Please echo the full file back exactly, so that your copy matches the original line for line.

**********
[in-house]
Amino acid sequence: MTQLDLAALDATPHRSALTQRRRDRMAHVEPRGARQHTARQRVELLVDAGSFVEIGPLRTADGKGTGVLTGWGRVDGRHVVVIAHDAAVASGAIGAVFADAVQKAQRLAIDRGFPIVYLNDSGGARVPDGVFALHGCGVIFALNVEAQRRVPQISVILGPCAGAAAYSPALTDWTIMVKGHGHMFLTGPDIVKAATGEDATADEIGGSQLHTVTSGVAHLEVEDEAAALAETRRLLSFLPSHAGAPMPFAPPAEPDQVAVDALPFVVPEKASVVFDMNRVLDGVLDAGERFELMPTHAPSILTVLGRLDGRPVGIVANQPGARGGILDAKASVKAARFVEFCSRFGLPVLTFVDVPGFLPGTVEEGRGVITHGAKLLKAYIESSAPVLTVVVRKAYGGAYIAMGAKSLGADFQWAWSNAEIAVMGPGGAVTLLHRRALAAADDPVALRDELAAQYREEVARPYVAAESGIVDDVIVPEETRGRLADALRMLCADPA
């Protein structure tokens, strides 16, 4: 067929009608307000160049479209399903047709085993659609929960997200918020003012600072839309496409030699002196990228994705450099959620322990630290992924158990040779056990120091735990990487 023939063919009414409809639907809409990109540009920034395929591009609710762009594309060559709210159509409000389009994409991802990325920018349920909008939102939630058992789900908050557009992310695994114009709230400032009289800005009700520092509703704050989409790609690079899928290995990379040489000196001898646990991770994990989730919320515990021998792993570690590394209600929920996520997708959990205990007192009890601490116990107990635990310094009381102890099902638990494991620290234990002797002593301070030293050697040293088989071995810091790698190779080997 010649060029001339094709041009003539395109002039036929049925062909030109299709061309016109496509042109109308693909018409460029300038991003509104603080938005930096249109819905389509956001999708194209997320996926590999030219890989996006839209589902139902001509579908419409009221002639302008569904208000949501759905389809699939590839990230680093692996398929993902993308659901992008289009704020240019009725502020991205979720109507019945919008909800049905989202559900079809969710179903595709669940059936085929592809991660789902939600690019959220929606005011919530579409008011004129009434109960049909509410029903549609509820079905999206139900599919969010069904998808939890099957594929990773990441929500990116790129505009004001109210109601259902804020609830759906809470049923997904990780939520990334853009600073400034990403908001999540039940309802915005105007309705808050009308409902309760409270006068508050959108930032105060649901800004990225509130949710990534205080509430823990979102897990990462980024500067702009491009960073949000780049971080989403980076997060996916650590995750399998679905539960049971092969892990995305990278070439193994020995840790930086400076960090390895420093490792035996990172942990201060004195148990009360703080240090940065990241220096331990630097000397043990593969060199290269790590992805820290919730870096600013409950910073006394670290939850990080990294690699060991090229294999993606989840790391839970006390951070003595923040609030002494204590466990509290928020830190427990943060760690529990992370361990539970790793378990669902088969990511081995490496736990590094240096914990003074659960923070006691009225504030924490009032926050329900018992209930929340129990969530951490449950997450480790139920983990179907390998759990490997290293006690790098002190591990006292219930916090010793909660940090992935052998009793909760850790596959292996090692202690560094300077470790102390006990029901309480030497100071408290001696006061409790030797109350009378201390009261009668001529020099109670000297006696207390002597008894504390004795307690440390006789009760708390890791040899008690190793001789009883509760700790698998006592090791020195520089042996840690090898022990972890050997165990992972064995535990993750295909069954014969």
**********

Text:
[in-house]
Amino acid sequence: MTQLDLAALDATPHRSALTQRRRDRMAHVEPRGARQHTARQRVELLVDAGSFVEIGPLRTADGKGTGVLTGWGRVDGRHVVVIAHDAAVASGAIGAVFADAVQKAQRLAIDRGFPIVYLNDSGGARVPDGVFALHGCGVIFALNVEAQRRVPQISVILGPCAGAAAYSPALTDWTIMVKGHGHMFLTGPDIVKAATGEDATADEIGGSQLHTVTSGVAHLEVEDEAAALAETRRLLSFLPSHAGAPMPFAPPAEPDQVAVDALPFVVPEKASVVFDMNRVLDGVLDAGERFELMPTHAPSILTVLGRLDGRPVGIVANQPGARGGILDAKASVKAARFVEFCSRFGLPVLTFVDVPGFLPGTVEEGRGVITHGAKLLKAYIESSAPVLTVVVRKAYGGAYIAMGAKSLGADFQWAWSNAEIAVMGPGGAVTLLHRRALAAADDPVALRDELAAQYREEVARPYVAAESGIVDDVIVPEETRGRLADALRMLCADPA
């Protein structure tokens, strides 16, 4: 067929009608307000160049479209399903047709085993659609929960997200918020003012600072839309496409030699002196990228994705450099959620322990630290992924158990040779056990120091735990990487 023939063919009414409809639907809409990109540009920034395929591009609710762009594309060559709210159509409000389009994409991802990325920018349920909008939102939630058992789900908050557009992310695994114009709230400032009289800005009700520092509703704050989409790609690079899928290995990379040489000196001898646990991770994990989730919320515990021998792993570690590394209600929920996520997708959990205990007192009890601490116990107990635990310094009381102890099902638990494991620290234990002797002593301070030293050697040293088989071995810091790698190779080997 010649060029001339094709041009003539395109002039036929049925062909030109299709061309016109496509042109109308693909018409460029300038991003509104603080938005930096249109819905389509956001999708194209997320996926590999030219890989996006839209589902139902001509579908419409009221002639302008569904208000949501759905389809699939590839990230680093692996398929993902993308659901992008289009704020240019009725502020991205979720109507019945919008909800049905989202559900079809969710179903595709669940059936085929592809991660789902939600690019959220929606005011919530579409008011004129009434109960049909509410029903549609509820079905999206139900599919969010069904998808939890099957594929990773990441929500990116790129505009004001109210109601259902804020609830759906809470049923997904990780939520990334853009600073400034990403908001999540039940309802915005105007309705808050009308409902309760409270006068508050959108930032105060649901800004990225509130949710990534205080509430823990979102897990990462980024500067702009491009960073949000780049971080989403980076997060996916650590995750399998679905539960049971092969892990995305990278070439193994020995840790930086400076960090390895420093490792035996990172942990201060004195148990009360703080240090940065990241220096331990630097000397043990593969060199290269790590992805820290919730870096600013409950910073006394670290939850990080990294690699060991090229294999993606989840790391839970006390951070003595923040609030002494204590466990509290928020830190427990943060760690529990992370361990539970790793378990669902088969990511081995490496736990590094240096914990003074659960923070006691009225504030924490009032926050329900018992209930929340129990969530951490449950997450480790139920983990179907390998759990490997290293006690790098002190591990006292219930916090010793909660940090992935052998009793909760850790596959292996090692202690560094300077470790102390006990029901309480030497100071408290001696006061409790030797109350009378201390009261009668001529020099109670000297006696207390002597008894504390004795307690440390006789009760708390890791040899008690190793001789009883509760700790698998006592090791020195520089042996840690090898022990972890050997165990992972064995535990993750295909069954014969």